The First Next Radio

I mentioned a little while ago that James and I were running a radio conference. It was a week last Thursday and was an amazing day, delivering beyond both of our wildest expectations.

It’s the first conference that me and James have both been responsible before. We’ve been on committees for events before, but basically with those, someone else does the main bit of work. This was very different partly because we would be out of pocket if it all went wrong! Mainly for my memory, but hopefully as something helpful to others, I wanted to write up some of the things that have crossed my mind when putting it together.


The venue was at the Magic Circle in Euston. It was great. Everyone’s asked me how I found it.  I think I just Googled ‘London Event Venues’ or something similar. It just stuck out and the numbers were perfect for what we hoped we would sell. They were incredibly helpful and friendly and the rooms were the perfect size for us. It was also different! We wanted to do something new – and the venue massively helped.


We used Ticketleap for the ticketing, which worked really well. Managing over 100 different transactions is difficult. TicketLeap have a great system which can use Paypal, making the whole process pretty easy. We only used about a fifth of their features, but that fifth was great. Taking credit cards, using a management service and coping with Paypal fees isn’t cheap though – around a fiver of the delegate fee goes on that, which still seems expensive to me. It’s clearly a good business to be in!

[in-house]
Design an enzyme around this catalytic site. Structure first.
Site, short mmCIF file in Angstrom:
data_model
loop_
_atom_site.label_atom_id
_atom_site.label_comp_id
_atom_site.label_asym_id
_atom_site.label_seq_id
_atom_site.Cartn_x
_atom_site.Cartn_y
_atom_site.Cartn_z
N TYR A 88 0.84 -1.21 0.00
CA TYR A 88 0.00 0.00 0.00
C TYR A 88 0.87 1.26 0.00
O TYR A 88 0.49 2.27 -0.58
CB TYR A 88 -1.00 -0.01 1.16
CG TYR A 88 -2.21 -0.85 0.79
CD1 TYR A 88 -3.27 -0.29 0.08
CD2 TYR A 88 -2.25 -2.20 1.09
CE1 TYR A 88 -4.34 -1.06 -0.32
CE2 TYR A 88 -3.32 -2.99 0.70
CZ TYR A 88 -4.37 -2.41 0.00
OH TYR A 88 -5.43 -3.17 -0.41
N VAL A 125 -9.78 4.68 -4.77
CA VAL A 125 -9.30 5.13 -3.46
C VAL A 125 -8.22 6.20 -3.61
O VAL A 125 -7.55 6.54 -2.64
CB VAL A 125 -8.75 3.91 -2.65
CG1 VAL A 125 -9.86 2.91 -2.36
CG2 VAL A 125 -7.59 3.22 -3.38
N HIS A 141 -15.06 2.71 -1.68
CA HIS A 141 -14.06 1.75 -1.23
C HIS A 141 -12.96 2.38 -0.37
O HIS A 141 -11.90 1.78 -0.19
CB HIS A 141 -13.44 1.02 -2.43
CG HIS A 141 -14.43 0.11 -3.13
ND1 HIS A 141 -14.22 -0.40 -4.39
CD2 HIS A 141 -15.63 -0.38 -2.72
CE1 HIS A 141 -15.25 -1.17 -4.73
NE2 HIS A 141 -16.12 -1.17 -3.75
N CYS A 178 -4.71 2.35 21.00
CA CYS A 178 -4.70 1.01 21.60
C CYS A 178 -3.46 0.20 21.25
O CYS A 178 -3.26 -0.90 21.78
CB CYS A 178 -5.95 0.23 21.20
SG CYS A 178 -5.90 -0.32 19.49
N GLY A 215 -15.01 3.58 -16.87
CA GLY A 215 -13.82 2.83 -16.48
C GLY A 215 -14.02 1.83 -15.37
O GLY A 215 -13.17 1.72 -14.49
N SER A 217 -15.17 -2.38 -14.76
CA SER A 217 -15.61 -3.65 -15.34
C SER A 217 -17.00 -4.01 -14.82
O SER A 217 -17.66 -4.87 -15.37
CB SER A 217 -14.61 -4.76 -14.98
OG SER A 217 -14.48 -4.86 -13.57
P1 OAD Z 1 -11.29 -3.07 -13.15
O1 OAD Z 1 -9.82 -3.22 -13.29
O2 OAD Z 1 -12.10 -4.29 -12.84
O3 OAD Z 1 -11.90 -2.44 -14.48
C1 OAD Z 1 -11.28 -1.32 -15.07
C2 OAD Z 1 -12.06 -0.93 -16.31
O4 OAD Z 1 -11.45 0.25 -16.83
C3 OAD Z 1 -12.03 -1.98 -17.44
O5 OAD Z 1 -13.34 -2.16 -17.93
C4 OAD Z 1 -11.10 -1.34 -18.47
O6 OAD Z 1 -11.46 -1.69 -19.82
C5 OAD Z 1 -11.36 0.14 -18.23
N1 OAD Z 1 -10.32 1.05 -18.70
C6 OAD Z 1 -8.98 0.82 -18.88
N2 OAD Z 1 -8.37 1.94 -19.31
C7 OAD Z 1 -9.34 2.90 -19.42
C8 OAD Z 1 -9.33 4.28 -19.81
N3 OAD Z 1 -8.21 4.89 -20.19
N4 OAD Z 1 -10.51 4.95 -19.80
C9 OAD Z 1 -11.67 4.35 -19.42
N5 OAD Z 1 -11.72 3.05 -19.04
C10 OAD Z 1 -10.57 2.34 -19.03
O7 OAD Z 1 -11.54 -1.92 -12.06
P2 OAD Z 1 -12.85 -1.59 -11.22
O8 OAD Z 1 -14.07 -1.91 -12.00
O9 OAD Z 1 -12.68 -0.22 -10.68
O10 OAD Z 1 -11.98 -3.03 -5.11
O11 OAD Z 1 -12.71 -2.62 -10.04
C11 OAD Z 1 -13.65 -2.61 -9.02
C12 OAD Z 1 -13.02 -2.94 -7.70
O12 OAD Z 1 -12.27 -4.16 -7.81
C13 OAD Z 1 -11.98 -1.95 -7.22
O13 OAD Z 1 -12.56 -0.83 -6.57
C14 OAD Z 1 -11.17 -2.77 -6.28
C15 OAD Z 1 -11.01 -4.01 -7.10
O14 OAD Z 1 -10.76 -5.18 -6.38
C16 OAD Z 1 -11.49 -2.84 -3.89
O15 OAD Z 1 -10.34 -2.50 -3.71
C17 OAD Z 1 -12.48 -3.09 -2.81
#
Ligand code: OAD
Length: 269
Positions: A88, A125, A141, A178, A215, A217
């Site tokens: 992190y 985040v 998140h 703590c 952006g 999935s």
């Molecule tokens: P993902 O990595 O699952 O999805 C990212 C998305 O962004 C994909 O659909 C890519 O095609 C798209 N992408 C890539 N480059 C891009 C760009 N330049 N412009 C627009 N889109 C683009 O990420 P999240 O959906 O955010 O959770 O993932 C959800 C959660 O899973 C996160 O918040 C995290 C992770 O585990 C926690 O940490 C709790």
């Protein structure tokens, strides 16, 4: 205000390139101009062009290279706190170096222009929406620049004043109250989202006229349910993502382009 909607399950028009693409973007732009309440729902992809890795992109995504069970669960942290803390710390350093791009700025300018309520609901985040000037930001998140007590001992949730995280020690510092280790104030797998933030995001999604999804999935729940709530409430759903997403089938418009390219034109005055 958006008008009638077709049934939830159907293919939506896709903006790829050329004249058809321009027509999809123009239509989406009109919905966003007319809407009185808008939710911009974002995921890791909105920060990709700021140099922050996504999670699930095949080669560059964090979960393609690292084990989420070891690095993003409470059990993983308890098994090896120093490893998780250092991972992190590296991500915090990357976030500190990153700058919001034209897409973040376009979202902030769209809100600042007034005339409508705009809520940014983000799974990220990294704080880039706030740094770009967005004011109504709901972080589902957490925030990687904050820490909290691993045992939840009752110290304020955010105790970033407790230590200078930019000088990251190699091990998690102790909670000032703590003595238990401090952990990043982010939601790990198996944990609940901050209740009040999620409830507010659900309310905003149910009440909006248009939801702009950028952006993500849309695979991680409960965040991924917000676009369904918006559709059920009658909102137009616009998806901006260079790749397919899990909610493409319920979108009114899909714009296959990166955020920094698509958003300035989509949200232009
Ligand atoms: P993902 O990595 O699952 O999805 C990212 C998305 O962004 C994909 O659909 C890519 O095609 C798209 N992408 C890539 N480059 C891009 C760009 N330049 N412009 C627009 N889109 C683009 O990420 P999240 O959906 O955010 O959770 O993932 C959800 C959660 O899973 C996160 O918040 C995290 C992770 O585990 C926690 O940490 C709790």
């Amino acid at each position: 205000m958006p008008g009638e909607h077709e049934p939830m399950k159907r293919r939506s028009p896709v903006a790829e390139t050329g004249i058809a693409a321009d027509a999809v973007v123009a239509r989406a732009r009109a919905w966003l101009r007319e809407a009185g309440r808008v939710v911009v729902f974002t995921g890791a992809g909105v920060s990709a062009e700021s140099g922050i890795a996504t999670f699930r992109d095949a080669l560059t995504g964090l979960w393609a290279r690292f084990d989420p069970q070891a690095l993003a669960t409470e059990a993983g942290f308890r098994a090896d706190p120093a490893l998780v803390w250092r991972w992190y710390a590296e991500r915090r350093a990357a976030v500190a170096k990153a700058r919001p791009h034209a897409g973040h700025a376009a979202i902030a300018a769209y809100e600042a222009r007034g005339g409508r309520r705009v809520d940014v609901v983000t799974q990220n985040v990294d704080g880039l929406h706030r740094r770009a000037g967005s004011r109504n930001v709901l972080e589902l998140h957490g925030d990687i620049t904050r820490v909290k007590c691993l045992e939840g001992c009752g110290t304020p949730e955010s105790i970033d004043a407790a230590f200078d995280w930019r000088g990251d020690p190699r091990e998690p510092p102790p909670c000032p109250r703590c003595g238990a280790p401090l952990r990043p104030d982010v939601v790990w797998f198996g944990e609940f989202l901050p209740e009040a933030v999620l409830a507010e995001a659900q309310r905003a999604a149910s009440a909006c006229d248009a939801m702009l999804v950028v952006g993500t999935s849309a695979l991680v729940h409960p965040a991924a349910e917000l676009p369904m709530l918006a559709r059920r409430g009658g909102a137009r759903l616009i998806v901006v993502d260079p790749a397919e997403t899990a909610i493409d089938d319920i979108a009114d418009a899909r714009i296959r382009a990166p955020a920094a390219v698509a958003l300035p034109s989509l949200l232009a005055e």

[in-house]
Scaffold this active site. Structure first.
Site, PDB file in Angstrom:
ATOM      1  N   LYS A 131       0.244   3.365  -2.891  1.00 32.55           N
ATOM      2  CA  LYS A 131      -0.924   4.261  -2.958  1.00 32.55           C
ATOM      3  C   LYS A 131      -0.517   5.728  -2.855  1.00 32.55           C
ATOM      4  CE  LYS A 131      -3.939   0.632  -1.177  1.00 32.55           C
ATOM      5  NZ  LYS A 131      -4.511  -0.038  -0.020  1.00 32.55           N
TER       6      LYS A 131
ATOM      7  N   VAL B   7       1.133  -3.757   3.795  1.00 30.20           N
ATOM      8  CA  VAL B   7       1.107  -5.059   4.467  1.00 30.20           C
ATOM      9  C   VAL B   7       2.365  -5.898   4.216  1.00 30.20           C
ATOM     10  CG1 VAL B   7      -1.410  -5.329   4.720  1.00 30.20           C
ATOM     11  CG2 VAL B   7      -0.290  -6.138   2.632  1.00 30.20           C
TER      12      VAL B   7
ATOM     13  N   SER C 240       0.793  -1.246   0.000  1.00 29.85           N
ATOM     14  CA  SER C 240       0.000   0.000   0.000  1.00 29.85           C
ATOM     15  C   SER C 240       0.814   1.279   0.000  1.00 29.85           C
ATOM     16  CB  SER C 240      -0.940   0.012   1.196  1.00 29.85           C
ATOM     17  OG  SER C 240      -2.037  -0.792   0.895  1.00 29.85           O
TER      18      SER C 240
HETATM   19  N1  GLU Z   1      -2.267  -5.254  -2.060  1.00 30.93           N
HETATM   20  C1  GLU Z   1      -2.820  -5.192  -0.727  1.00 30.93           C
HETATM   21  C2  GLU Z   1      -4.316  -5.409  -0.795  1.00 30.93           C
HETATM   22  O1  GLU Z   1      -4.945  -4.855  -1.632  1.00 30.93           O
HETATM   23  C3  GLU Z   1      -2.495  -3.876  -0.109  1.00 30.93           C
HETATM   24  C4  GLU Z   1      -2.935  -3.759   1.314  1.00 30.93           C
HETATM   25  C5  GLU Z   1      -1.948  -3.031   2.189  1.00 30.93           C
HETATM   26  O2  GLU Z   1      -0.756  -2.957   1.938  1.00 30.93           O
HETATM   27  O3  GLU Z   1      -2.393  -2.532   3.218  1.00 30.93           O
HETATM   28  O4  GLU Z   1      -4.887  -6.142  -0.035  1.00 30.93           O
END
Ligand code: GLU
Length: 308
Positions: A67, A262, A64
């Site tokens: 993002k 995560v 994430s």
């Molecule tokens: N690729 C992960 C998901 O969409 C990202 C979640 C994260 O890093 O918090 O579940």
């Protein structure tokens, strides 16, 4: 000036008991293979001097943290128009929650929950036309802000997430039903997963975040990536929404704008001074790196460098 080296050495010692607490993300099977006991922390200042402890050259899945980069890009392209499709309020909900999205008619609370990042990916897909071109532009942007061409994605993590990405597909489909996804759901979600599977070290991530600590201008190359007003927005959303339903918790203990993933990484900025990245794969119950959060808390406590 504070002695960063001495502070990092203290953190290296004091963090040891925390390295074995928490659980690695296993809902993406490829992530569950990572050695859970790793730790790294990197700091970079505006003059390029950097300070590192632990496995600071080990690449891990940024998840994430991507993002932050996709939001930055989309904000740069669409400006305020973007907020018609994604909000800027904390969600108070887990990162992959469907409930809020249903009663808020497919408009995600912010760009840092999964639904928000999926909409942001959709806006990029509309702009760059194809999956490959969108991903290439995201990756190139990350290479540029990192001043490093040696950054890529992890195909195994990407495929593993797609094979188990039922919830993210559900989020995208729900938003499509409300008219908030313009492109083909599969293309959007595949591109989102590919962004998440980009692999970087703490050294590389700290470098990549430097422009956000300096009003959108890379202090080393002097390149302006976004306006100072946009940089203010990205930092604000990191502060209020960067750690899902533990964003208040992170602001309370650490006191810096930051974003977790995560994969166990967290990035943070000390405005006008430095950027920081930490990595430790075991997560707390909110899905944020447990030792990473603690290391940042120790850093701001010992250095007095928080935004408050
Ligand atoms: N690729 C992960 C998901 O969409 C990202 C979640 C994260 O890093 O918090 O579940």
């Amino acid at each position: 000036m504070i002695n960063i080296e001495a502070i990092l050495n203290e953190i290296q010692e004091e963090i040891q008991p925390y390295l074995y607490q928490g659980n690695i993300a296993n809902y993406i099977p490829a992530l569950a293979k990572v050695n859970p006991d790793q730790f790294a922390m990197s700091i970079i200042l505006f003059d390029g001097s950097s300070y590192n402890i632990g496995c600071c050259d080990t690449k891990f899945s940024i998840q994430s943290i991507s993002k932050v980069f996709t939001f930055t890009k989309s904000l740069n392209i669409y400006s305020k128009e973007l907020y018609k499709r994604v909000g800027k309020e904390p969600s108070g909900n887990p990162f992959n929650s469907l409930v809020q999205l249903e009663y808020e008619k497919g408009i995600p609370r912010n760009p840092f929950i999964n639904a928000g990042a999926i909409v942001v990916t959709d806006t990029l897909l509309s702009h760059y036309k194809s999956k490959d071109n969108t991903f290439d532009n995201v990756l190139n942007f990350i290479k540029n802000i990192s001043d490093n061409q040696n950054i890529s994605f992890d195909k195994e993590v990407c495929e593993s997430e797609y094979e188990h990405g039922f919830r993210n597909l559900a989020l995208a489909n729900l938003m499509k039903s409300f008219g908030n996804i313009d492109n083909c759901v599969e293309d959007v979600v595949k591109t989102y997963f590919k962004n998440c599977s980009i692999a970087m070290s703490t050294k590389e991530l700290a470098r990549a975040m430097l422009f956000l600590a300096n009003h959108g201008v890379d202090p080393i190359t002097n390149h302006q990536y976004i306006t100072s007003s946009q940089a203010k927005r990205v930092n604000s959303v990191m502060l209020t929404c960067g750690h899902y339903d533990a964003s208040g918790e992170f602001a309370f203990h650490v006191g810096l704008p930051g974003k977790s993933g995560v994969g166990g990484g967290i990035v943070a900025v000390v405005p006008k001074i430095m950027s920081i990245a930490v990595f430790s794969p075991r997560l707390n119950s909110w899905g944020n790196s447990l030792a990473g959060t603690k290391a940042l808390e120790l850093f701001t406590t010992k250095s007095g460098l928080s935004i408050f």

I reckon over 75% of people who went paid for themselves. We wanted to do a conference that ‘radio do-ers’ could go on and keeping the price low meant that could happen. I was really pleased to see some students/recent graduates choosing to invest in their own careers by coming along.

£99 is tight

When you’ve paid for food, venue, ticketing, printing, insurance and photography there isn’t much left out of the £99. Getting the right price for food and venue makes a significant impact on the total cost.


Our initial idea, to keep the costs low, was to have Pizza Hut pizza for everyone. We thought this would be fun and quirky! However all venues specify a caterer or selection of caterers you have to use. The lowest you can get food, some coffee breaks and the staff to serve it is £19.50/head. But that doesn’t really get you much. I met up with Simon from Squires Catering and we talked through the event and what we were after. They made some great suggestions and did a brilliant job for a good price. We’ve only heard positive things about the food, which we’re really pleased about.

Magicians are expensive

We wanted some close-up magic for the day. But not at £400/hour. We’re clearly all in the wrong business.

The Programme

Producing the programme – in reality one massive PDF which was also the first outing of the Media UK radio pocketbook – was made considerably easier by quick printing turnarounds afforded to us by digital printing. The programme actually went to print on Monday morning, and was delivered on Wednesday: useful for last-minute changes! We worked with Thinkpad Print and Design to produce them, printing a few more than we needed. The costs for that, paid for by Media UK, were £5.28 an issue.

Next time. No QR codes.